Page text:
decorates his office, where Mr. Grady was joined on a
recent afternoon by his wife, Debby, who handles the
phone, and a DeLorean enthusiast named Mike Deluca. 

Like many dealers, Mr. Grady signed up based on the
reputation of Mr. DeLorean, who had been an
engineering and marketing star at G.M. - in the early
1960's he created the Pontiac GTO, which many consider
the first muscle car - and left at the height of his
career to challenge the Big Three automakers. But from
the start, his company was besieged with problems,
starting with too little money to work with and the
fact that the car, priced at $25,000, made its debut
in 1981 in one of the worst economies in recent
memory. "The cars were never hot sellers," Mr. Grady
said. 

Topping it off was Mr. DeLorean's very public arrest
in 1982 for conspiracy to distribute cocaine, still a
sore spot with DeLorean enthusiasts. (Mr. DeLorean was
eventually acquitted; the prevailing sentiment among
owners is that he was framed.) When the company filed
for bankruptcy protection that year, Mr. Grady
continued to honor his customers' service warranties.
Over time, he found himself doing more and more repair
work on DeLoreans, until that was all he did. 

Not surprisingly, he has developed an affection for
the car, though it is a cool, dispassionate one,
tempered by years of daily involvement. "It's a good
car," he said simply. 

Mr. Deluca, hovering nearby, said: "Rob is being
modest. He's completely dedicated. I was driving by
once and it was Easter Sunday. It was freezing. Rob
was out in the parking lot testing temperature
sensors." 

In a far corner of the garage, the P. J. Grady's
mechanic, Pat Tomasetti, stood in blue coveralls
beneath a DeLorean on a hydraulic lift, draining oil
and listening to NPR. Mr. Tomasetti has been repairing
and restoring DeLoreans at P. J. Grady's for 13 years
and is accustomed to overenthusiastic fans of the car.
He laughed as he recalled the time a Japanese man
showed up with his family, saying he had flown to
America to visit Disney World and P. J. Grady's. 

The DeLorean Mr. Tomasetti was working on had come in
from Pennsylvania and was set to have its front fender
replaced, among other repairs. Another DeLorean, its
door crunched like a soda can, was in need of
extensive body work. Outside, dozens more waited, a
daunting workload for two men. 

"I'd like another mechanic, but it's hard keeping
them," Mr. Grady said. "Most guys don't like doing
restoration work. It's dirty, and there's also the
repetition." 

People who spend time around garages tend to acquire a
detailed know-how of car design and mechanics, but
DeLorean experts take specialization to a refined
level. Because of its unpainted stainless-steel body,
the DMC-12 was available in only one color, silver.
Its interior was black leather or gray leather,
nothing else, and the car changed little over its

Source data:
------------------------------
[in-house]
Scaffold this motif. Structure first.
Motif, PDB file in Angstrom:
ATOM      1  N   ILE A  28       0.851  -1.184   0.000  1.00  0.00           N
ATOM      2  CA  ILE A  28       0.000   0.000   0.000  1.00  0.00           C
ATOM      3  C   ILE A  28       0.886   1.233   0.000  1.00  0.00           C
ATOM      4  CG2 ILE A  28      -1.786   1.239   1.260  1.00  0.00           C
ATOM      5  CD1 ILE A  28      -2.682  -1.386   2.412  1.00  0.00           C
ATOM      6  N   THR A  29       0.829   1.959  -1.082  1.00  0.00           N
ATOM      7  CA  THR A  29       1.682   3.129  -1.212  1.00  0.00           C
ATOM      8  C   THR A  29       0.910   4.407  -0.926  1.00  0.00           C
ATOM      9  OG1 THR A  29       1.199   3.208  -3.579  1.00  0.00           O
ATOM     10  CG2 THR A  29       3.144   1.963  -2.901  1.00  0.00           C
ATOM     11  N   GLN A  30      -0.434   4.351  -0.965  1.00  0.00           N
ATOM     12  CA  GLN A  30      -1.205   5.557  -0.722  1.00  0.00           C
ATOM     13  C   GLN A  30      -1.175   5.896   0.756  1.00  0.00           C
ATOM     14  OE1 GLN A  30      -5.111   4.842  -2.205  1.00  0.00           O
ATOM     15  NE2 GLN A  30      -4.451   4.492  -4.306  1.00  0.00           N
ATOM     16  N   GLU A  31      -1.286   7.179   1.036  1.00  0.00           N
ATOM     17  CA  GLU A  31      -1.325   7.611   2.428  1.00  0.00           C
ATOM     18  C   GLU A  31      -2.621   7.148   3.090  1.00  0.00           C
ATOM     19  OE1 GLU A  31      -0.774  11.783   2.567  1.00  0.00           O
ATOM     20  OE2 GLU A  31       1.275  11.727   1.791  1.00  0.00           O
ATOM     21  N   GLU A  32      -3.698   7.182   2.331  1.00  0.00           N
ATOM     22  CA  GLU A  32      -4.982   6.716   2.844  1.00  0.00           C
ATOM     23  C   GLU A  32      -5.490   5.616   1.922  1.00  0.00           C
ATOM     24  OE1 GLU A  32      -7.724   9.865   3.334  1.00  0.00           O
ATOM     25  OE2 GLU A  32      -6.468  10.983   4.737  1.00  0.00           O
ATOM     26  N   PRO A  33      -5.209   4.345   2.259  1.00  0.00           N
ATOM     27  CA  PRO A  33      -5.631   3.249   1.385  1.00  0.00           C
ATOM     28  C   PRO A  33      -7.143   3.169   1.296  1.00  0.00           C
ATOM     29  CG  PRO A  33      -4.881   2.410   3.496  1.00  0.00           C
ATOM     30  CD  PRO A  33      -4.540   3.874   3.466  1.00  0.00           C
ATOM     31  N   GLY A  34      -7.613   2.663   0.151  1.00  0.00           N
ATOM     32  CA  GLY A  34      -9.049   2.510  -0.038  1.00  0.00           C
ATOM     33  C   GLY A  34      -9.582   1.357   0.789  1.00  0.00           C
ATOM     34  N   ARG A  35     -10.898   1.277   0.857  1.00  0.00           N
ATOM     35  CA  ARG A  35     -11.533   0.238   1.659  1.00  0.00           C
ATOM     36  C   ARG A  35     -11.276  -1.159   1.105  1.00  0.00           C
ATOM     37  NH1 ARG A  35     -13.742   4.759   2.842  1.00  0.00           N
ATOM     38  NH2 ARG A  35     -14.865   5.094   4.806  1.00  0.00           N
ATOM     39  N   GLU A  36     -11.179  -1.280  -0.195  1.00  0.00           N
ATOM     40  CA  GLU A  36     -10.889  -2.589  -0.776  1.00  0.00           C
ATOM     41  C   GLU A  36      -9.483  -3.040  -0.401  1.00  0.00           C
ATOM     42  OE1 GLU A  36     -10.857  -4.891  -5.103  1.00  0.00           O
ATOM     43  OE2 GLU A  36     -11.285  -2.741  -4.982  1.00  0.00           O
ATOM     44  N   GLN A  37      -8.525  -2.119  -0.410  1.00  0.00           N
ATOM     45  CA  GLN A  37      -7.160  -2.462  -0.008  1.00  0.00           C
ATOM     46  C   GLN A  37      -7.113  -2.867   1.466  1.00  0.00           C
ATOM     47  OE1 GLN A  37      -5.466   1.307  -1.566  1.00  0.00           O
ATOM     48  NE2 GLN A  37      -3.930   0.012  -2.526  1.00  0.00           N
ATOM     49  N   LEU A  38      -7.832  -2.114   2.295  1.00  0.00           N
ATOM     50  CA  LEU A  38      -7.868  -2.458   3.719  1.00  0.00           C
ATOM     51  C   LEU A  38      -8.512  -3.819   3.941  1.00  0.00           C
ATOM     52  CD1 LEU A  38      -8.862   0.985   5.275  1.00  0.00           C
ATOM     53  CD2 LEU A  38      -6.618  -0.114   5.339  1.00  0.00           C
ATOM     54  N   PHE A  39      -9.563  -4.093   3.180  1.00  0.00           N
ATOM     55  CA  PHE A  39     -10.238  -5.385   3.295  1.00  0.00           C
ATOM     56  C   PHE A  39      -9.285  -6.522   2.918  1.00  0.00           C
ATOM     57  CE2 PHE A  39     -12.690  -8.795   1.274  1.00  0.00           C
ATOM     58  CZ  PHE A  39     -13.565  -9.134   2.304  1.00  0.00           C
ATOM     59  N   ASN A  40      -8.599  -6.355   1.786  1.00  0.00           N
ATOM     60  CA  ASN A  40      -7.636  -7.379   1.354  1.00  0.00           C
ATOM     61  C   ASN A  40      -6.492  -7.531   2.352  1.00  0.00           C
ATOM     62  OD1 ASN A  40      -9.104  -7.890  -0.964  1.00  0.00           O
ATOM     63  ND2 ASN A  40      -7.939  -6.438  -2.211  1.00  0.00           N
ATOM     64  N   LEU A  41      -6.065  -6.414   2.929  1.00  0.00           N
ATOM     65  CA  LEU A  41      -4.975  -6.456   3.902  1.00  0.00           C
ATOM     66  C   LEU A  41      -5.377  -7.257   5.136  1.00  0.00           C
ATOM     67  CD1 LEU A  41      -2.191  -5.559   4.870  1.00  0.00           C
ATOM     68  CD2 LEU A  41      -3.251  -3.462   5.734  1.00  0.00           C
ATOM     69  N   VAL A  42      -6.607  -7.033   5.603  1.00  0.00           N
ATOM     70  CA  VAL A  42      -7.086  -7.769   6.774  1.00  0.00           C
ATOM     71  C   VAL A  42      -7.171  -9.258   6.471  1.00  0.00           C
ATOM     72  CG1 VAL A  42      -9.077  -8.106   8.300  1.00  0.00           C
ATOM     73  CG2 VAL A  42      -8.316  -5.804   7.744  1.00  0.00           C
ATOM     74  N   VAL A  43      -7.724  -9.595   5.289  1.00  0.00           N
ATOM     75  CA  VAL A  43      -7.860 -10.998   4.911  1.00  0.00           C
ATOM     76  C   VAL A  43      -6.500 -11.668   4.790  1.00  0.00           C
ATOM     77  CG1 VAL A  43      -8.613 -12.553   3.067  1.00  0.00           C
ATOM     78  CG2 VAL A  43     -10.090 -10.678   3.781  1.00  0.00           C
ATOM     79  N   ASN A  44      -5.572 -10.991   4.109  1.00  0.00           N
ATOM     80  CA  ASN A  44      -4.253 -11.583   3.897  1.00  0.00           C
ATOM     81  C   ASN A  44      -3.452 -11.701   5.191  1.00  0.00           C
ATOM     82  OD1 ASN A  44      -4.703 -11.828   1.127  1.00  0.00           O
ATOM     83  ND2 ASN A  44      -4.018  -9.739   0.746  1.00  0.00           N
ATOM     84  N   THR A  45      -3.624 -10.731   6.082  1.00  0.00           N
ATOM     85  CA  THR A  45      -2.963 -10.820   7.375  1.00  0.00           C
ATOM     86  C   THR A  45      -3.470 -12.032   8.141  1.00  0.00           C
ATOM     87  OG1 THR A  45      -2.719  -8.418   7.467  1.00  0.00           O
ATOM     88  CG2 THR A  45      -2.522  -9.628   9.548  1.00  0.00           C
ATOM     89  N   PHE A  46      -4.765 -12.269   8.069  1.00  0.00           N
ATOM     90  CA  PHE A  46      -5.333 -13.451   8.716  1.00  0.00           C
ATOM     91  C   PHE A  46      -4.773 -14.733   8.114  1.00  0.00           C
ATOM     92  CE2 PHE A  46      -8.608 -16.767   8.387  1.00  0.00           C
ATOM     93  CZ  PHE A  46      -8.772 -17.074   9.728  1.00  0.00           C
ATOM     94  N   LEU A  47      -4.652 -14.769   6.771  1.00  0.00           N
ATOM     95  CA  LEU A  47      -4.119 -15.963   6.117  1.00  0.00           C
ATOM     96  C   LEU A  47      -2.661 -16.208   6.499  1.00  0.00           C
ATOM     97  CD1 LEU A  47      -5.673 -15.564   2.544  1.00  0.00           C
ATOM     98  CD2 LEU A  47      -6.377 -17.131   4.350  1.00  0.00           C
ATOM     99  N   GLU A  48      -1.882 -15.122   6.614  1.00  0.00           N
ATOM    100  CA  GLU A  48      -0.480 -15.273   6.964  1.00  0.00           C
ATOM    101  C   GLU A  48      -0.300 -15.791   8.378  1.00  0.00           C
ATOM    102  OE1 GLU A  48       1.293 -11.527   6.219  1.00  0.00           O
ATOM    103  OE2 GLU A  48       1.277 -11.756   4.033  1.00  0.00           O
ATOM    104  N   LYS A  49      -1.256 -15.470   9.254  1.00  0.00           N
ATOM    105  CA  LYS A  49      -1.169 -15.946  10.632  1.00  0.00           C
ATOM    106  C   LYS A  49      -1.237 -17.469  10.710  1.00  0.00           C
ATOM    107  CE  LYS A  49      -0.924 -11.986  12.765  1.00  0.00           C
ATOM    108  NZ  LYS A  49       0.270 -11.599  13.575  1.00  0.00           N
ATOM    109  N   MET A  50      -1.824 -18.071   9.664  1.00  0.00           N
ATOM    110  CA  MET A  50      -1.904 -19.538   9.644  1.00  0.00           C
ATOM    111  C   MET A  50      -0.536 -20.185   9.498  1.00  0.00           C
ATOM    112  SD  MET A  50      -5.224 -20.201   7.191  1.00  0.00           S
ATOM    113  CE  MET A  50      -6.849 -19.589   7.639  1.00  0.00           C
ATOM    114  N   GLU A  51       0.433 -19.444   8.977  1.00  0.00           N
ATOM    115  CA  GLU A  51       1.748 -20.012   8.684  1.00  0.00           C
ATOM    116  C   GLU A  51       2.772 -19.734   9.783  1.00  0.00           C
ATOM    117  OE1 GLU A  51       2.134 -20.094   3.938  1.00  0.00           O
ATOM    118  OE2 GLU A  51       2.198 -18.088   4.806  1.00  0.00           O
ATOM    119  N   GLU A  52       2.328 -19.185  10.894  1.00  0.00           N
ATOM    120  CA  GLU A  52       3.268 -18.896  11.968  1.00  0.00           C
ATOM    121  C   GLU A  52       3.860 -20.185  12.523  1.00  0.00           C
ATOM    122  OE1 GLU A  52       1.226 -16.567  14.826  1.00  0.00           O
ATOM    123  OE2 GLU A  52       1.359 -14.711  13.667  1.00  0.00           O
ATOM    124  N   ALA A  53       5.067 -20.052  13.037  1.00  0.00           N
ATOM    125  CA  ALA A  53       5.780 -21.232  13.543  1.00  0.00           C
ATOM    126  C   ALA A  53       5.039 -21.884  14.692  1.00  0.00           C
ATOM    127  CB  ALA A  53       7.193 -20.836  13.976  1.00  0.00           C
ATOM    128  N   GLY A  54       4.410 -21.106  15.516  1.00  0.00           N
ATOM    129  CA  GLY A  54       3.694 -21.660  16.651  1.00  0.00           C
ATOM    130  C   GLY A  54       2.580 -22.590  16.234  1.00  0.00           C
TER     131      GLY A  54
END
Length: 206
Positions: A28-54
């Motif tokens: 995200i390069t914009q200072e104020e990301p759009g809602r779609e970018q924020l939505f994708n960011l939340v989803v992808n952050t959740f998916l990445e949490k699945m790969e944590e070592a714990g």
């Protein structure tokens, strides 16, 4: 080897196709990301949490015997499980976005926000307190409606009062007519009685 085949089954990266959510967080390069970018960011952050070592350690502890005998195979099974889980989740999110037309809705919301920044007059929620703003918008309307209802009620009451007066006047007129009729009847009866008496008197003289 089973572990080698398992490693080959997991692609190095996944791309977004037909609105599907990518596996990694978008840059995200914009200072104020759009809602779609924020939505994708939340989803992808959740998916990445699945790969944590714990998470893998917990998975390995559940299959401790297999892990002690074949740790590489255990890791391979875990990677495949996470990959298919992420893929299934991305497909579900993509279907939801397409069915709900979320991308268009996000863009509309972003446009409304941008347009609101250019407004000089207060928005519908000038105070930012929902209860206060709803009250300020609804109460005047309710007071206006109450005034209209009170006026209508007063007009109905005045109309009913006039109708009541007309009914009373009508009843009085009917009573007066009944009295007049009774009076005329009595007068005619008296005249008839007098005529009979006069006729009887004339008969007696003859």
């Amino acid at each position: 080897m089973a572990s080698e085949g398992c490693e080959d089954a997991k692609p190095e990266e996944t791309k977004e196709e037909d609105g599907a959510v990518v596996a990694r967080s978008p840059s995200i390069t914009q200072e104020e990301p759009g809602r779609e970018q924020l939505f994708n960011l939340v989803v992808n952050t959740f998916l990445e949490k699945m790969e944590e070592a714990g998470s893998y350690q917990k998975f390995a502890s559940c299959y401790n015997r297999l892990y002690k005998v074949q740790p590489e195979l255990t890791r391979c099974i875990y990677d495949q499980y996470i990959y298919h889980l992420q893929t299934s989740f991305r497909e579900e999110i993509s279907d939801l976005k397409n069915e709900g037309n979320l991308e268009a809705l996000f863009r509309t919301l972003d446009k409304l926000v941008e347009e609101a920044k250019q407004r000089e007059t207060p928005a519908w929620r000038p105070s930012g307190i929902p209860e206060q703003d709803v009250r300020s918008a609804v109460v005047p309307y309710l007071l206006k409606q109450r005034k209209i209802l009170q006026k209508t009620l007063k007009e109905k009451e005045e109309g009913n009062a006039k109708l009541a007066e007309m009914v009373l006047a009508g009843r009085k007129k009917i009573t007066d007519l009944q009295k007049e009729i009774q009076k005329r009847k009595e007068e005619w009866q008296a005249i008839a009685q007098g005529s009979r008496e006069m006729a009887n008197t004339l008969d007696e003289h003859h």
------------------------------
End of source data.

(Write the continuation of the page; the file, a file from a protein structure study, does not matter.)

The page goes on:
brief production run. 

So while the Corvette aficionado has a half-century of
paint schemes, body types and fancy options to ponder,
the DeLorean lover must be content with trivial
changes - the radio antenna on the '81 models is in
the windshield, for example, while on the '82 it is on
the left rear quarter. 

Pointing to a model whose license plate read BK2DFUTR,
Mr. Grady proceeded to make the indistinguishable cars
distinguishable. "We just got this one out of
mothballs," he said. "It sat for four years. The owner
decided to sell it. It only has 11,000 miles." 

He continued: "That one over there was in a wreck.
Needs a new door." Then he walked over to a car
covered in a soft blanket of dust. The passenger
window was stuck halfway down, and the seat was given
over to orphaned parts. Mr. Grady's pupils widened, as
if he were laying eyes on a DeLorean for the very
first time. "This is the 530," he said reverently.
"It's a Legend prototype, Twin Turbo. They only made
three of these." 

The 530 is going to be restored as his own DeLorean,
Mr. Grady said, just as soon as he finds the time.
"Sometimes you get a little burned out," he mused,
reflecting on the vagaries of being a DeLorean expert.
"Then something rejuvenates you." 




		
__________________________________ 
Do you Yahoo!? 
Yahoo! Small Business - Try our new resources site!
http://smallbusiness.yahoo.com/resources/ 





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Message: 9
Date: Fri, 18 Mar 2005 08:47:38 -0600
From: "John Hervey" <john_at_dml_specialtauto.com>
Subject: RE: PRV6 questions: history & namesake?


William, I have a reference paper that will tell you all about your
questions. It's on the web site and I can send you a copy.
John Hervey
  http://www.specialtauto.com/delorean-parts/images/delo-ireland.jpg




-----Original Message-----
From: ComposerZelgadis_at_dml_aol.com [mailto:ComposerZelgadis_at_dml_aol.com]
Sent: Friday, March 18, 2005 5:27 AM
To: dmcnews_at_dml_yahoogroups.com
Subject: [DML] PRV6 questions: history & namesake?




I have some newbie questions regarding the PRV6.  :)

First off, who initially designed it?  Which company came up with  the
design
in the first place?  Did all three companies get together, and  design it as
a joint-project?  Or did one company design it, and then  licensed it out?
Who makes the DeLorean engine?  Volvo?   Peugeot?  Renault?  Is it a mixture
(some DeLoreans got Volvos, others  got Renaults?)?  Why do some people on
this
list call it the B-28F when I  see V-28F in my shop manual?  Is this simply
a
typo (the V and B keys are  next to each other)?

Thanks in advance for any replies.  I know a little bit about how the
engine
works, its performance, etc etc...  But I never really learned much  about
its history or heritage!  :)

Regards,
William F.







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Message: 10
Date: Fri, 18 Mar 2005 09:19:40 -0500
From: Peter Lenz <plenz_at_dml_telesession.com>
Subject: NYtimes article


Link to The NY Times article on DeLoreans!  Great picture of Rob Grady with 
the car-- and comments from both Rob Grady and Jim Espey!  CONGRATS guys!

http://www.nytimes.com/2005/03/18/automobiles/18delorean.html?








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Message: 11
Date: Fri, 18 Mar 2005 15:33:24 -0000
From: "David Teitelbaum" <jtrealty_at_dml_webspan.net>
Subject: Re: Blue Book Value



Don't forget that a while back James Espey told us that Blue Book